Friday, October 28, 2011

October Snow

It's beginning to look a lot like Christmas, with towering conifers laden with snow and needles of ice underfoot, where frost has thrust up from the sand.

 The leaves of Shining Sumac were Santa-suit red, trimmed with glistening snow.

And yet, the foliage colors of autumn still glowed along the edge of Mud Pond in Moreau Lake State Park this morning, where Sue and I met to walk around the pond.

We were hoping to find some Frostweed exuding its frothy curls of ice, but instead found it buried under a thick coat of snow.

The warm glowing gold of Beech leaves presented quite a contrast to the icy blue of the snow.

On the western bank of the pond, all traces of snow had melted away in the warmth of the rising sun. That sun had just cleared the hills behind us and was only beginning to cast its rays on the beaver lodge, which still bore a dusting of snow.  Although we found many freshly felled trees, we did not see any beavers moving around this morning.  We did, however, enjoy the antics of a solitary otter cutting through the still water, teasing us into trying to take its photo, only to dive each time we raised our cameras.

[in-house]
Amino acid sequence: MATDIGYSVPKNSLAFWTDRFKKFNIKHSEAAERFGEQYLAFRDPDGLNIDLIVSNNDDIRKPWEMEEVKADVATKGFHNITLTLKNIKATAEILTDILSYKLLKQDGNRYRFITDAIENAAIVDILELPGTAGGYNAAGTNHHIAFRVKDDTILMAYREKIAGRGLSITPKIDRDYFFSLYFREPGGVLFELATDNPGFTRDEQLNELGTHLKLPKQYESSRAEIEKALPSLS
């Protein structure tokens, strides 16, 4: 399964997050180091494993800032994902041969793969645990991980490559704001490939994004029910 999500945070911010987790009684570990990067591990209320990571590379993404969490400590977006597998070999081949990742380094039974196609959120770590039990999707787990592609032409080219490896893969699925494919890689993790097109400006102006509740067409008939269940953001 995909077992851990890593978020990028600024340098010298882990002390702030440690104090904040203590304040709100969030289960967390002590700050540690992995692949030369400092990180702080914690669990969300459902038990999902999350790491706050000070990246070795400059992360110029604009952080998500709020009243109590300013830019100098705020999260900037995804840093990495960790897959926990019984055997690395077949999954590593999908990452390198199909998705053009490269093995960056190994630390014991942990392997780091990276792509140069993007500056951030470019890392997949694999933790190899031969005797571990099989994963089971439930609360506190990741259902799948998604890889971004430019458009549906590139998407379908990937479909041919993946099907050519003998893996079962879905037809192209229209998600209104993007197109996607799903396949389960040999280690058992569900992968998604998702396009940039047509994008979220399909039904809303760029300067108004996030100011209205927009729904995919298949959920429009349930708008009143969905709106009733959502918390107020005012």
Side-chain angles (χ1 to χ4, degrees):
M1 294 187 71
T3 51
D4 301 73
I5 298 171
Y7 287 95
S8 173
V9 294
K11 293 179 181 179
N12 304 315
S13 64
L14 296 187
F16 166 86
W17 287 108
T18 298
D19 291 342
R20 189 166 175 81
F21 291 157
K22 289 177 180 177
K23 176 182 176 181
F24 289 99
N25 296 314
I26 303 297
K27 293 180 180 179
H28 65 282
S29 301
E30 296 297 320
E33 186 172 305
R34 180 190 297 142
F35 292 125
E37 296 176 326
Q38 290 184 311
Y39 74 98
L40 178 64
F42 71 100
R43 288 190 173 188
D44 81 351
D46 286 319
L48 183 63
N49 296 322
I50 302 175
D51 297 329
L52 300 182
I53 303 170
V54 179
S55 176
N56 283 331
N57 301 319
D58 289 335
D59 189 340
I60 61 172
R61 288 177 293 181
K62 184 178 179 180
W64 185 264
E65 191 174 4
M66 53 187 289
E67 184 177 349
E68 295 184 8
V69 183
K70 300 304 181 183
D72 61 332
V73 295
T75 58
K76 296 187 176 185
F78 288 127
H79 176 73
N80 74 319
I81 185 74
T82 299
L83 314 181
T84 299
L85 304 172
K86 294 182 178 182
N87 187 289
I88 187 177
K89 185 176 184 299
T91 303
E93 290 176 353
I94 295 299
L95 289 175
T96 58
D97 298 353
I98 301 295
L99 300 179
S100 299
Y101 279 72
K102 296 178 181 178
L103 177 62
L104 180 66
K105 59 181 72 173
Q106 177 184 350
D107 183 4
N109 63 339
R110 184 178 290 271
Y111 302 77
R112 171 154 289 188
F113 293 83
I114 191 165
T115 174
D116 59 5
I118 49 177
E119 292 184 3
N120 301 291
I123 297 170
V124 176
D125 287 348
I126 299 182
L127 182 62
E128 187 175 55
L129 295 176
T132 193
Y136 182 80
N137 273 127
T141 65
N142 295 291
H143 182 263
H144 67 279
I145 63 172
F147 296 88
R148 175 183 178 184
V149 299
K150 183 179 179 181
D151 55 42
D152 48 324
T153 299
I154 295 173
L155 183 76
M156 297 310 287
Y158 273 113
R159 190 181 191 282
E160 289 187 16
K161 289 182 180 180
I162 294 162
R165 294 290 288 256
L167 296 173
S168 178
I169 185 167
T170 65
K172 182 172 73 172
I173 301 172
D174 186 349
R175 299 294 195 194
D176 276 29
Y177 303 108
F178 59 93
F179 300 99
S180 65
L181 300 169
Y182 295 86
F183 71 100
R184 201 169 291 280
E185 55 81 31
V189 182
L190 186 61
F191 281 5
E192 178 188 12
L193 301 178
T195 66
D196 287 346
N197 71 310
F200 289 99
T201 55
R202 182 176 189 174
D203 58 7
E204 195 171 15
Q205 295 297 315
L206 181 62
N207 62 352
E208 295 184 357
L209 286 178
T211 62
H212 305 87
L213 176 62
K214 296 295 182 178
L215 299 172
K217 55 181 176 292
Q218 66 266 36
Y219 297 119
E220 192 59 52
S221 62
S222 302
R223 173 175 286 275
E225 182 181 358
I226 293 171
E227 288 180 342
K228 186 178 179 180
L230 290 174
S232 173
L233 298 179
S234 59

While we stood there watching for the otter, a small flock of Canada Geese came sailing in.  We could hear their musical calls long before they circled the pond and then splashed down for a landing.

A killing frost has finally shriveled most of the flowering plants, but the leaves of Checkered Rattlesnake Plantain (Goodyera tesselata) remain fresh and green all winter.  Sue was eager to show me a patch of this native orchid that she had only recently discovered.